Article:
Create PowerShell Top-Down ETL Process – I

Series 1 – Collecting files

These last few months I’ve been working in create a ETL process in PowerShell to replace a DOS batch process that collect a Report Server third-party application log data. During my analysis of how this DOS process works I discover this process was losing data, The log records in contains different type of records making the number of columns varying between 12 to 15. At the same time losing data due to using the SQL Server BCP utility to bulk copy data in a SQL Server data.

Here is were the magic of PowerShell brings to the table. This is our chance to be creative.

Collecting Log Data

In its basic form, we need to connect to the report server and access their log folder. We do this by creating a network map to the drive which in must cases could be a shared folder.

New-PSDrive -name T -PSProvider FileSystem -Root $LogFolder -Persist;

You can use the Cmdlet “New-PSDrive” to define your drive letter mapped to your log folder. Yoiu need to define its parameter -PSProvider as “FileSystem” and you could make it to Persist during your PowerShell session.

Keep in mind, as you possibly going for more than one server, you will top remove and map the drive again. This is as simple as using the following Cndlet:

Remove-PSDrive T;

We created drive letter T: and so now we removed it from you session.
Looking for Log files

So after the drive gets mapped to T: drive, we need to look and collect the type of logs we want to pull. In my scenario, I’m looking for all log labeled “*.Events.*.log.*”. One caveat discovered previously, these text logs file doesn’t contains servername information. But, No Problem! This is another opportunity to be creative with PowerShell.

Here we use the Cmdlet “Get-ChildItem” with the “Sort-Object” to sort the results by its object property “LastWriteTime“. You will file this property very useful later as you progress in our data collection process. This results set wil need to be stored in PowerShell Object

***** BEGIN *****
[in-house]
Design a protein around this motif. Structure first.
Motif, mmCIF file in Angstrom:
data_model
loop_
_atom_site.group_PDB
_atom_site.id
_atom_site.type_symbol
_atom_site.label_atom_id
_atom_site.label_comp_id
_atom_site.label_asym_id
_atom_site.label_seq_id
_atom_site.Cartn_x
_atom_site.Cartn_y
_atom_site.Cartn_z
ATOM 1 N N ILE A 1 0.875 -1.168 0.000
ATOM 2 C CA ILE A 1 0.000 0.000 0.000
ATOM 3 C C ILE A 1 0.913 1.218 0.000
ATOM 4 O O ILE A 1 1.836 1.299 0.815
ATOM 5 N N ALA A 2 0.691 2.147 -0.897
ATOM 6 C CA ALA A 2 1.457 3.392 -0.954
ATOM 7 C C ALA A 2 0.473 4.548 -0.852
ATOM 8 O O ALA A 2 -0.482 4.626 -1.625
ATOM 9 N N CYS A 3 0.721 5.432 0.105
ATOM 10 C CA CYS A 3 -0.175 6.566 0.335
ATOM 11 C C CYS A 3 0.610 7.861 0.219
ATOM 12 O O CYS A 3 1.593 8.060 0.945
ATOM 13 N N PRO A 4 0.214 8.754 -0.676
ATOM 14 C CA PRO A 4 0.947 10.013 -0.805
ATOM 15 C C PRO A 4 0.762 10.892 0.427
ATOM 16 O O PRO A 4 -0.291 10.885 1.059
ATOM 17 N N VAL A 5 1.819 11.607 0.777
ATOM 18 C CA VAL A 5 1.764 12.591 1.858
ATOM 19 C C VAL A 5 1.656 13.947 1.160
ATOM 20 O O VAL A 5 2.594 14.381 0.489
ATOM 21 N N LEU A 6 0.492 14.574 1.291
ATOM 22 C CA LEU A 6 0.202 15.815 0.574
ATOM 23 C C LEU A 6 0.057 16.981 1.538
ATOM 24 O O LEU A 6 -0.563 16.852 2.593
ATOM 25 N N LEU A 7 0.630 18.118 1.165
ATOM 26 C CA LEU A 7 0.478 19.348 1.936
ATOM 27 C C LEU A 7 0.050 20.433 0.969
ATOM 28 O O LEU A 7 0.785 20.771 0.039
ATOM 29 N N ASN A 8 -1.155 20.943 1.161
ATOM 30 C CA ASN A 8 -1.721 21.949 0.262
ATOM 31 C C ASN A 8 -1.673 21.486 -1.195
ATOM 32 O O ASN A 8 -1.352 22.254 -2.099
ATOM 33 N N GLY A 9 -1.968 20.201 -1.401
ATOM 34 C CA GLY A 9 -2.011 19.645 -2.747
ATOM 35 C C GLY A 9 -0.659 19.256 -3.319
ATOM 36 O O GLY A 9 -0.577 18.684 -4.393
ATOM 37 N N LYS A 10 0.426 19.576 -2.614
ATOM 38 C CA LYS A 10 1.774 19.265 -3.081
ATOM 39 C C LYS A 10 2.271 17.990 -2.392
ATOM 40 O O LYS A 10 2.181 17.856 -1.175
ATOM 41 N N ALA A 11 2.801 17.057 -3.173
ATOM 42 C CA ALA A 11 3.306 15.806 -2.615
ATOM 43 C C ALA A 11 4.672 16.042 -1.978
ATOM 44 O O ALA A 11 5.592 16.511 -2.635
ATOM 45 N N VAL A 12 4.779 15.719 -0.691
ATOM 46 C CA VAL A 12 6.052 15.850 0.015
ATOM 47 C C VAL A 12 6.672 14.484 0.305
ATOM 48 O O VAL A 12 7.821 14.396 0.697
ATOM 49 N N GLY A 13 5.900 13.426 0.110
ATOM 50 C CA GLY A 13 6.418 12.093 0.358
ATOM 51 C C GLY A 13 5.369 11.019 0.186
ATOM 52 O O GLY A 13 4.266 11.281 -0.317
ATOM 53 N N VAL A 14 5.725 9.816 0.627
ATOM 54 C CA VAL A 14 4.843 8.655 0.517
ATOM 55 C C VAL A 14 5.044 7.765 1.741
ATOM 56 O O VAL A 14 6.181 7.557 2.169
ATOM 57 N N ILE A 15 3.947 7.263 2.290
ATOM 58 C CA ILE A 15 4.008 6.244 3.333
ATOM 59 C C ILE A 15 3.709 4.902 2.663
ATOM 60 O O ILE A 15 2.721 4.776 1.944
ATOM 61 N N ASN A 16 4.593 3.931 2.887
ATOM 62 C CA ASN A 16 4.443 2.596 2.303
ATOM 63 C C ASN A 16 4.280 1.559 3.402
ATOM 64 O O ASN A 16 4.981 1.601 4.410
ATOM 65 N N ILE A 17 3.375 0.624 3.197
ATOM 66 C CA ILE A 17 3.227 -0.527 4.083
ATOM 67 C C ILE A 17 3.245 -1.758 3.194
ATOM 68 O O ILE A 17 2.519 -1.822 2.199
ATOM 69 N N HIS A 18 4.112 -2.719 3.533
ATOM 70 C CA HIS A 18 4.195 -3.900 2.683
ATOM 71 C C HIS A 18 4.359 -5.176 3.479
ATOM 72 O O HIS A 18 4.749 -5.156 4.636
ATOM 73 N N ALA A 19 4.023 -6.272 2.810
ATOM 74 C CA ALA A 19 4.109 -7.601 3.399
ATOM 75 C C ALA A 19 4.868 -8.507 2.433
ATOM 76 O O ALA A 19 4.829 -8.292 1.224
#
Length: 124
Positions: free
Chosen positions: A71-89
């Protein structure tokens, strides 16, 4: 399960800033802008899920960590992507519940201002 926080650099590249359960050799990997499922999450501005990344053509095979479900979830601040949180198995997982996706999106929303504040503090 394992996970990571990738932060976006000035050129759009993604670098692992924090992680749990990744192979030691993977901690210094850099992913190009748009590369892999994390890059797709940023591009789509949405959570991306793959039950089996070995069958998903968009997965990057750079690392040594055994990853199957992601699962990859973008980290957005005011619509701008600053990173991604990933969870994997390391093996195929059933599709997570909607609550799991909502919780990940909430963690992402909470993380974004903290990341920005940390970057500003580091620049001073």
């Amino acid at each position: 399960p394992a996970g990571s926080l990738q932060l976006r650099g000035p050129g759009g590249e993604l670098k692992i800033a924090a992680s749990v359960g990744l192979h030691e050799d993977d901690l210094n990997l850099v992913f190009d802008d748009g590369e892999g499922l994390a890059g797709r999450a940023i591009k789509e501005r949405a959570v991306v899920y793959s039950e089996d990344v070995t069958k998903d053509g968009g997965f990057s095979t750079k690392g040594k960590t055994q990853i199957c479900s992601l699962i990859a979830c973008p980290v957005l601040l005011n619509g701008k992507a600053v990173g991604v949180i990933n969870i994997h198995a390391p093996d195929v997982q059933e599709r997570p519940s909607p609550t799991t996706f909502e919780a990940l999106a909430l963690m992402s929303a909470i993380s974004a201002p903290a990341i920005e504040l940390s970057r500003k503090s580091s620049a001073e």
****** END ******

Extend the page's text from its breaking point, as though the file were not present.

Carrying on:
$flogs = (Get-ChildItem "T:\*_events.*") | Sort-Object LastWriteTime -Descending;

Building your CSV files

Next step will be to collect all logs from the server by merging all files into one text CSV file. For this step we use the Cmdlet “ForEach” in its script block format and also the Cmdlet “Get-Content” used to append to a CSV final output file using the Cmdlet “Out-File” with the “-Append;” parameter.

foreach ($f in $flogs)
{
Get-Content $f.fullname | Out-file -FilePath "<strong><span style="color: #333399;">T:\$($s)_All.csv</span></strong>" -Append;
};

Notice that I got a PowerShell variable defined to hold the server name. *hint*

Now, here’s a comparison between sample DOS batch file previously use vs. the PowerShell basic script.

DOS batch sample

dosbATCH

PowerShell basic code sample

POWERsHELL

Keep in mind, that you’re building a puzzle. There’s a lot more logic to be added to this code.
Be creative!
What’s Next?

Next blog I’ll be covering reading, and importing the CSV file to a PowerShell object before reaching its final destination on a SQL server..

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